That may come as something of a surprise to you, but yes I do struggle with religion.

Bell-shaped-curve

When I say that I am not referring to any one religion in  particular, but with the entire premise behind religious thinking. It appears to me that whatever our religious background or professed faith or even lack of any faith, there is the same premise at the back of our minds. What is that premise?

It is that God (or the universe or even myself) somehow accepts me on the basis of what I do. And so the more good I do then the more God (or the universe or how I feel about myself) is likely to accept me. That sounds innocent enough, but it has significant ramifications. Let me try to explain.

If God accepts me on the basis of what I do, then what exactly should I be doing and how much doing is good enough?
If we think of the classic bell-shaped distribution curve as  a model for goodness with numbers of people on the y-axis and levels of goodness on the x-axis, then we can pretty well agree on the outliers. On the one extreme we have relatively ‘good’ people who most of us would agree were ‘good’ people – Mother Theresa, Gandhi, Nelson Mandela are examples that come to mind. On the other end of the curve are those we would generally agree were towards the ‘bad’ end – people such as Hitler and Stalin.

And the rest of us are somewhere in the middle. And that is the problem. We can agree on the extremes, but using this paradigm of doing good where do we draw the line? If we arbitrarily say 51% goodness, and everyone above that deserves to be accepted, then what about the poor person who is only 50% good by their deeds? And then the person who is 52% good – does it seem fair they should be accepted?

Or take two humourous example.
You are driving along the road and go through a red light. The policeman stops you and proceeds to give you a ticket. Imagine saying something to the effect, “Give me a break, Police Officer! I’ve been driving for more than 30 years and this is the first time I have gone through a red light!” Could 30 years of faultless driving compensate for one offence?

Or to be even more ridiculous, say I murdered someone. Could I make a plea to the judge, “Your honour, I know I did wrong, but I have had problems with anger all my life and this is only the first time that I actually allowed it to get out of control!”

Religious thinking says that God measures up my good deeds against my bad and so long as the good outweighs the bad then He will accept me. But we know in everyday life that does not work.

lever_with_fulcrumIn my own personal journey I have been aware how much religious thinking permeates me. When I was in my teens just before exams I would find myself praying much more. It was as if I was trying to prove to God that He should bless my studies because of my level of devotion to Him.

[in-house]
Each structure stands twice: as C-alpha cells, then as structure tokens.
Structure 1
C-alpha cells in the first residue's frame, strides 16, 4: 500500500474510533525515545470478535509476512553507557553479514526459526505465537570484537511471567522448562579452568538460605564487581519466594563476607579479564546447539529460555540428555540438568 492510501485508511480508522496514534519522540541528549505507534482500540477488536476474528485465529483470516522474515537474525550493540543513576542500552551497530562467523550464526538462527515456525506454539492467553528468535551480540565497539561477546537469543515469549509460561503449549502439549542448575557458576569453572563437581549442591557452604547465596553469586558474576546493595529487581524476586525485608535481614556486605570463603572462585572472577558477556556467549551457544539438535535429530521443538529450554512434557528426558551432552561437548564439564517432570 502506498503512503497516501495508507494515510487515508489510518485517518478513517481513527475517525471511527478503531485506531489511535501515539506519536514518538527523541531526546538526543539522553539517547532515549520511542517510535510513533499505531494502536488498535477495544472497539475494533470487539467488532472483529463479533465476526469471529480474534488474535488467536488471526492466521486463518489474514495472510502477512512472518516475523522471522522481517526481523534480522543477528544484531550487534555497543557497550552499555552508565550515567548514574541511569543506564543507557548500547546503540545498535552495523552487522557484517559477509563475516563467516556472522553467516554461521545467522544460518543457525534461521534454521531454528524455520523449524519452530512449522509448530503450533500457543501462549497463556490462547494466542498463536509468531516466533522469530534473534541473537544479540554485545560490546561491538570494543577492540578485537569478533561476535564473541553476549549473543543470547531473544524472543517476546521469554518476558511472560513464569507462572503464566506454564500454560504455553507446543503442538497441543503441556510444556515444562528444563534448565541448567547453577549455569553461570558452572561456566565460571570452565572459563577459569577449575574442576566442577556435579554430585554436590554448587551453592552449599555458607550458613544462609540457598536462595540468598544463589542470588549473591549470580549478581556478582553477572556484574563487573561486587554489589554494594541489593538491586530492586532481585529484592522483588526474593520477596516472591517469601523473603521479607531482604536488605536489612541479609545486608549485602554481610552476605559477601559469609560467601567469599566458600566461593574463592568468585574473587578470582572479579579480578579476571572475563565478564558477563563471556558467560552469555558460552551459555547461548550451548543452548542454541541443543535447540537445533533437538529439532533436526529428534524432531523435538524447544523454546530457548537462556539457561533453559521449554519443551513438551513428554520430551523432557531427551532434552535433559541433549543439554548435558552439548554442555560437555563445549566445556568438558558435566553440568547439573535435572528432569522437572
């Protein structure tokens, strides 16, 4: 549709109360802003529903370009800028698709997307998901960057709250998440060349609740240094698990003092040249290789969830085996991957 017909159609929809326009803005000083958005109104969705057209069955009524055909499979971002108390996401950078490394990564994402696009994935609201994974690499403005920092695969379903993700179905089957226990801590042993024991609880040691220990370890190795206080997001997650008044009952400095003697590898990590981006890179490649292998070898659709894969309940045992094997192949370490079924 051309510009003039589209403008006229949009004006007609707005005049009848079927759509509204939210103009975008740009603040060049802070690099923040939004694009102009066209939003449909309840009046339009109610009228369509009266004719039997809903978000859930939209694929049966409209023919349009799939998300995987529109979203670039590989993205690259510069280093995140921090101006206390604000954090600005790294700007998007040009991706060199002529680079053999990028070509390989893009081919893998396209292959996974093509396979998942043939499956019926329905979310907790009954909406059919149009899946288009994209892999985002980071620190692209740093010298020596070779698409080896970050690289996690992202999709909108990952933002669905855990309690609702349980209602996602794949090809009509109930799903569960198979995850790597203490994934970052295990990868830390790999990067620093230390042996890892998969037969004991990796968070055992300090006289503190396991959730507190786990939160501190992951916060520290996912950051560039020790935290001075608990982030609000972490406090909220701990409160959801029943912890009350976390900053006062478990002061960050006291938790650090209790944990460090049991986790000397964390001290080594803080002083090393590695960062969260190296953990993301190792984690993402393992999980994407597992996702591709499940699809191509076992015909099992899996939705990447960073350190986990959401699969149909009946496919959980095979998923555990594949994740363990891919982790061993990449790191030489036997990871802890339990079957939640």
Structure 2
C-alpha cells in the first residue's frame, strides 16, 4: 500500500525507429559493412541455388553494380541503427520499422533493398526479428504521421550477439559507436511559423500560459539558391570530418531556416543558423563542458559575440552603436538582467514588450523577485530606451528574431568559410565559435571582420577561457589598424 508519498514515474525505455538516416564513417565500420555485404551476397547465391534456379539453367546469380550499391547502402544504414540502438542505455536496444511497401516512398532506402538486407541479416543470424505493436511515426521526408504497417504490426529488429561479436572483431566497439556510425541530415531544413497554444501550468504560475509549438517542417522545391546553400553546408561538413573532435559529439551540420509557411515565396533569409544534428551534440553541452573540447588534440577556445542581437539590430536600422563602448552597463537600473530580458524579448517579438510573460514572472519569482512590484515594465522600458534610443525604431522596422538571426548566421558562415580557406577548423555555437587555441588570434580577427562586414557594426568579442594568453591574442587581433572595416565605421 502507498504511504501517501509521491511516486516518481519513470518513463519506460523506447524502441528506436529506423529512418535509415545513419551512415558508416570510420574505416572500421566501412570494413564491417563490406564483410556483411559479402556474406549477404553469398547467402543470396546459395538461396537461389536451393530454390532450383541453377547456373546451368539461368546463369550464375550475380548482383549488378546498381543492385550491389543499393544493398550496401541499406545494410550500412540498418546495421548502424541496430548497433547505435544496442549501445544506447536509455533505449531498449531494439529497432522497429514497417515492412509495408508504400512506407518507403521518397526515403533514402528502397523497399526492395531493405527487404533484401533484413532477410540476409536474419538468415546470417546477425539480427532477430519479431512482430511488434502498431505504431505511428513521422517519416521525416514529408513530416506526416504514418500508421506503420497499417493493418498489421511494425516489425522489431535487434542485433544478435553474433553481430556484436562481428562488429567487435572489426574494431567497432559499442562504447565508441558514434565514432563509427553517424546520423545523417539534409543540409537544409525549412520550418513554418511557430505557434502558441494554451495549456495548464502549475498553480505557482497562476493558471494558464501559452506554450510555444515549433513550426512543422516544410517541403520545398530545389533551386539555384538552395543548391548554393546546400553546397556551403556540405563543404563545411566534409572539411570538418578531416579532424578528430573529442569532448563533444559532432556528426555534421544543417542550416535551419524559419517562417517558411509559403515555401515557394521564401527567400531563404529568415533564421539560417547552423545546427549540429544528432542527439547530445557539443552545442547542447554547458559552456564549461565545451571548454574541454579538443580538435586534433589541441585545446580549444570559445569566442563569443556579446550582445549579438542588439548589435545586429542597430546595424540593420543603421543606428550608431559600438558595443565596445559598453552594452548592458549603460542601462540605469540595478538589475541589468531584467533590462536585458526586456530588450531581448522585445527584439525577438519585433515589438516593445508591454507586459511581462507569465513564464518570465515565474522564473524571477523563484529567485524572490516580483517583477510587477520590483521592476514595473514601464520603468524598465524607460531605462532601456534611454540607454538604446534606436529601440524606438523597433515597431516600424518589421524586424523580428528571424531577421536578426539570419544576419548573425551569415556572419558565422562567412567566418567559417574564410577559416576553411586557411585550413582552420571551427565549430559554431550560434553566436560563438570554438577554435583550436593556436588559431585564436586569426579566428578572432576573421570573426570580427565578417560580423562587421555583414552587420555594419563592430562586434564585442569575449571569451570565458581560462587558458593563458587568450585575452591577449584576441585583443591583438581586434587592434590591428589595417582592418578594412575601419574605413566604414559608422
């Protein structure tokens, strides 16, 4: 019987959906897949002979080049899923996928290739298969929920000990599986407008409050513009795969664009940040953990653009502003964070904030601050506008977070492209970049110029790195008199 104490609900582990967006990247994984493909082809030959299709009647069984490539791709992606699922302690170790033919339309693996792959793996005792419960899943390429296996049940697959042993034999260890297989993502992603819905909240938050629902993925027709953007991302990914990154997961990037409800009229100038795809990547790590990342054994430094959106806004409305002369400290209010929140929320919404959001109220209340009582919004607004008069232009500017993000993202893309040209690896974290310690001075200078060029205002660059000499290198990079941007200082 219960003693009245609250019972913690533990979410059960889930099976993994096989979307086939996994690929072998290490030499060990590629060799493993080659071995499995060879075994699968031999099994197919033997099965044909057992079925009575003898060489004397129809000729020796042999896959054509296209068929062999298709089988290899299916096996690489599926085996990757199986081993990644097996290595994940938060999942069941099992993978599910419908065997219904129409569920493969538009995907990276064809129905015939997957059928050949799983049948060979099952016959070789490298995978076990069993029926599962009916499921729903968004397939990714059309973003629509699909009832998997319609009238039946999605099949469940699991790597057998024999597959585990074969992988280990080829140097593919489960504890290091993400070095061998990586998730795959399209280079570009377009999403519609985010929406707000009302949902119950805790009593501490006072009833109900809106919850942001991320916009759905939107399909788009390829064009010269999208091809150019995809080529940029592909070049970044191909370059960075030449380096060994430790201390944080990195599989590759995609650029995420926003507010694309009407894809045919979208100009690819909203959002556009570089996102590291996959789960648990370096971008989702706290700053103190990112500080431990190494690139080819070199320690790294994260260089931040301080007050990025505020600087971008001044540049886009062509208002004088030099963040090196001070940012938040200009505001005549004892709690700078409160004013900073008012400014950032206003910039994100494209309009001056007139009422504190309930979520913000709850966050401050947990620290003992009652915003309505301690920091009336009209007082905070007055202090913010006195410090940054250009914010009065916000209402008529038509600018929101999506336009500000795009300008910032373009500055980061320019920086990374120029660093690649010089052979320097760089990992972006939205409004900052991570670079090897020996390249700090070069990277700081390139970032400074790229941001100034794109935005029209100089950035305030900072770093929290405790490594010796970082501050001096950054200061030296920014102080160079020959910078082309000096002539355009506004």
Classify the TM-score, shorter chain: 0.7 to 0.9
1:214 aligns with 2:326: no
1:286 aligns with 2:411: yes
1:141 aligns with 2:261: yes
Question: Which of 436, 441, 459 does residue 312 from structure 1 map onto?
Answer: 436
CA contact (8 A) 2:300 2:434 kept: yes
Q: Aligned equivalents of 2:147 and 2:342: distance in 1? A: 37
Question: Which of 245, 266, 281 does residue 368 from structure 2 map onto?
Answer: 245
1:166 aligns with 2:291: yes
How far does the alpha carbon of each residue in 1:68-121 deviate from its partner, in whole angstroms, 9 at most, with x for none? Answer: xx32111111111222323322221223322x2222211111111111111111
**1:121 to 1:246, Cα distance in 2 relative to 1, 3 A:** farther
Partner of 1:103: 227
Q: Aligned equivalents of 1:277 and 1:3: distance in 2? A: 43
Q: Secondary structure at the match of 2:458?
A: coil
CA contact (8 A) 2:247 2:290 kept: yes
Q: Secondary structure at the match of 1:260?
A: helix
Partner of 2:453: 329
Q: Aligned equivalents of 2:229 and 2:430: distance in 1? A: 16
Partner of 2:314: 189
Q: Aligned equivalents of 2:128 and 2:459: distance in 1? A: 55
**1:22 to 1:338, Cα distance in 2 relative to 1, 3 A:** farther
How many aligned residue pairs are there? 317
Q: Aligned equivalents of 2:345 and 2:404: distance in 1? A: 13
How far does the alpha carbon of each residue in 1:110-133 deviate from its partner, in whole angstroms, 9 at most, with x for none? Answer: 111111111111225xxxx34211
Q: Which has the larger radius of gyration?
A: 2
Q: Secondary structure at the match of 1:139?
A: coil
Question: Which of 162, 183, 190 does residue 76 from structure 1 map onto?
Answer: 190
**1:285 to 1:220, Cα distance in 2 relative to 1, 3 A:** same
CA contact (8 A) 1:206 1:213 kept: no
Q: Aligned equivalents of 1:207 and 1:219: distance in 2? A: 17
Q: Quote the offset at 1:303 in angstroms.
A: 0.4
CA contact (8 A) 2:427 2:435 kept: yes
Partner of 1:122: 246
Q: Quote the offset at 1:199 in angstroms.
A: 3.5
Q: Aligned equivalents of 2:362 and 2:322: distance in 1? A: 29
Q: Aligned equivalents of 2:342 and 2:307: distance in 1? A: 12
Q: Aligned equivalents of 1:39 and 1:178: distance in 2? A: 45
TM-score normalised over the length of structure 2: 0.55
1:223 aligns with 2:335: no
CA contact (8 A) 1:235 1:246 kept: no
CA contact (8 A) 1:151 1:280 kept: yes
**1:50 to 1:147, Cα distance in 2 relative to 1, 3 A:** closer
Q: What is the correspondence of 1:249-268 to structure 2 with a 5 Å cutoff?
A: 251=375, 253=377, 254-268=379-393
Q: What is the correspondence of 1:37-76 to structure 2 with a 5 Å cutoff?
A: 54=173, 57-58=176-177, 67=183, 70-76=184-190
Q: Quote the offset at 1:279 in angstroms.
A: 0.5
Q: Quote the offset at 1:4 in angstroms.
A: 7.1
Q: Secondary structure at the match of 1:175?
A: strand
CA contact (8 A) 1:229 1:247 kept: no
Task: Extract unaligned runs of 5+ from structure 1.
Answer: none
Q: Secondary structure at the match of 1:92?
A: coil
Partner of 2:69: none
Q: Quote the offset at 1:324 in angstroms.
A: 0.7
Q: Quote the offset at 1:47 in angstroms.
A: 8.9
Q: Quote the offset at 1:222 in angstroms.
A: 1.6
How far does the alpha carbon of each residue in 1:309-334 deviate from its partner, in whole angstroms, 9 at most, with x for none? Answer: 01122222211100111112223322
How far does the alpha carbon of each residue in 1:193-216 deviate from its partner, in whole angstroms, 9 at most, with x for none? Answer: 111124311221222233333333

In my first year at university as I struggled with questions of identity and belonging that also led to a period of depression, I became acutely aware of how much within me was not right and dishonouring to God. I could ‘do’ apparently ‘good’ things on the outside, but my heart was and is filled with so much junk that I lacked congruency between the outside and inside. (For more on that see video at Just As I Am).

Coming to faith in Christ as the One who has lived the perfect life has been a first step, but I still find within me a bent or proclivity towards religious thinking. I now know that I am accepted on the basis of what Christ has done on the cross and not my own performance, but it is so easy for my emotional health to be governed by how I perceive I am doing.

So if I perceive myself to be doing relatively well – doing the things I need to do or getting appreciation from others for example, then it is easy to feel good about my performance to the verge of pridefulness. On the other hand, when I am struggling to keep up, when I find I am disappointing others then there is the temptation to go towards despondency or even despair.

However, what if the basis of my acceptance had nothing to do with my performance? What if if were based on the performance of someone who was perfect in every way? Whose life was sacrificed for me so that I could be right with God?

I love the simplicity and depth of the old Anglican prayer:

“Almighty God, our Heavenly Father,
We have sinned against you and against our neighbour, in thought, word and deed;
Through negligence, through weakness, through our own deliberate fault.
We are truly sorry and repent of all our sins.
For the sake of your Son Jesus Christ, who died for us, forgive us all that is past;
And grant that we may serve you in newness of life, to the glory of your Name.
Amen”

So I struggle with religion because it gets in the way of experiencing and knowing how much I am truly loved. Religion puts my performance ahead of the One who has done everything for me. I need reminding of that everyday. (For more on this see A Day That Changed The World and 4 Personal Implications Of The Resurrection).

What questions and comments does this post raise for you? Do you see this tendency to religious thinking and relying on your performance in your own mind?

Dr Sunil Raheja

Many seasoned leaders realize they've lost their direction in life. Through my coaching program, leaders are equipped with a personalized plan for meaningful purpose and better days ahead.

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